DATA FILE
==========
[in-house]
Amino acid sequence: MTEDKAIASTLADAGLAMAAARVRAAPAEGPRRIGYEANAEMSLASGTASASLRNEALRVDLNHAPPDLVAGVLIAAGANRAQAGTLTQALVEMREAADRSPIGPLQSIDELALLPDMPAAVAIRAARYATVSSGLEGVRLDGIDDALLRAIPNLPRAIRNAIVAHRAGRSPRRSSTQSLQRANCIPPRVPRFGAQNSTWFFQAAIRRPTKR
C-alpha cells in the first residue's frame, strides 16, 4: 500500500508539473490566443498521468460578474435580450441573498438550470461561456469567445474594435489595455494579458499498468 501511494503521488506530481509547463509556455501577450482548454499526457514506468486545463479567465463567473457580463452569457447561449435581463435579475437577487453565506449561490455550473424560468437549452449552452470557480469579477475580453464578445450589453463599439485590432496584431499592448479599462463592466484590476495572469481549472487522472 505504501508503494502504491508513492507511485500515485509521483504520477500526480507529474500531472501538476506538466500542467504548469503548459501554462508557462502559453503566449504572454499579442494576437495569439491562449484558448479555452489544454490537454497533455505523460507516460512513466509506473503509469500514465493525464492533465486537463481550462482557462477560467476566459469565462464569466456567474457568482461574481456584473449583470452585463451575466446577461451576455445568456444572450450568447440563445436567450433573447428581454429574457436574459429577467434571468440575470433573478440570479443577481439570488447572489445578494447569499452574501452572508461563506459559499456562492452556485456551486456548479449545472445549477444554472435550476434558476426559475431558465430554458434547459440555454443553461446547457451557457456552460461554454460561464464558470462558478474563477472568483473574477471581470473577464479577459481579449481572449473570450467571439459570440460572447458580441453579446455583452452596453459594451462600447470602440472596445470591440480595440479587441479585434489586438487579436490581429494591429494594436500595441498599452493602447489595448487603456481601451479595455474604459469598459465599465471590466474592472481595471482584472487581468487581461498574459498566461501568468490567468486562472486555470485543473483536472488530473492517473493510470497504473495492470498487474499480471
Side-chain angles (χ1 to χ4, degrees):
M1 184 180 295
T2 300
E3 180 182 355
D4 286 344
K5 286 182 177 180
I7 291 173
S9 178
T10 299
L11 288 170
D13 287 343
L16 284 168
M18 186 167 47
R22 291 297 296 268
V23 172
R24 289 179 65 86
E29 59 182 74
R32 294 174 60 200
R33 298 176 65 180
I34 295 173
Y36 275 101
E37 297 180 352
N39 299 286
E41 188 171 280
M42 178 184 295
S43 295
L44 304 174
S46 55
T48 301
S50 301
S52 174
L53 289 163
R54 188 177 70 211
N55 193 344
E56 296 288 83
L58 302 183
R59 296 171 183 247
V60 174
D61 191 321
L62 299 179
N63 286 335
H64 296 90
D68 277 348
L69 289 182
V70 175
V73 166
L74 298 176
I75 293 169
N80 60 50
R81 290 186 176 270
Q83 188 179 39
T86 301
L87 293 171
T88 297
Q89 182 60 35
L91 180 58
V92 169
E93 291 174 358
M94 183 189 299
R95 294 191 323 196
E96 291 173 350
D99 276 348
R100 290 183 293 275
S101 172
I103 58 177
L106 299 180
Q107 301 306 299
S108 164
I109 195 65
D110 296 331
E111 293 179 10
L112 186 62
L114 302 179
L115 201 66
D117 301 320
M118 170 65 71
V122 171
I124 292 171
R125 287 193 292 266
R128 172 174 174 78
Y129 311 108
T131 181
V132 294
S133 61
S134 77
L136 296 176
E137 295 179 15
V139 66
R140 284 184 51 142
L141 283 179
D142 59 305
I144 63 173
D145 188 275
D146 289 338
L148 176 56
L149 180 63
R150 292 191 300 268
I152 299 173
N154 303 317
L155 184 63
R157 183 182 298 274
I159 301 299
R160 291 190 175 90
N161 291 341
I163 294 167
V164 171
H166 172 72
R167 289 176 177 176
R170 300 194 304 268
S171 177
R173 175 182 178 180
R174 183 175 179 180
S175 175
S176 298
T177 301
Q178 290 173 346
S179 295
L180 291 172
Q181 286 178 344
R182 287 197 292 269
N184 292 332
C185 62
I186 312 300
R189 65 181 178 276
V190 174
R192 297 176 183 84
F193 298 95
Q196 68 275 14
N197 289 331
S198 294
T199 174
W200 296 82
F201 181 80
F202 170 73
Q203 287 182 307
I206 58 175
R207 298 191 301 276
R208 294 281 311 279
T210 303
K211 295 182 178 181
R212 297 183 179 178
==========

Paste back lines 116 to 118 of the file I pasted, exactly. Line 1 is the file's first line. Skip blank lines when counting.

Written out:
S175 175
S176 298
T177 301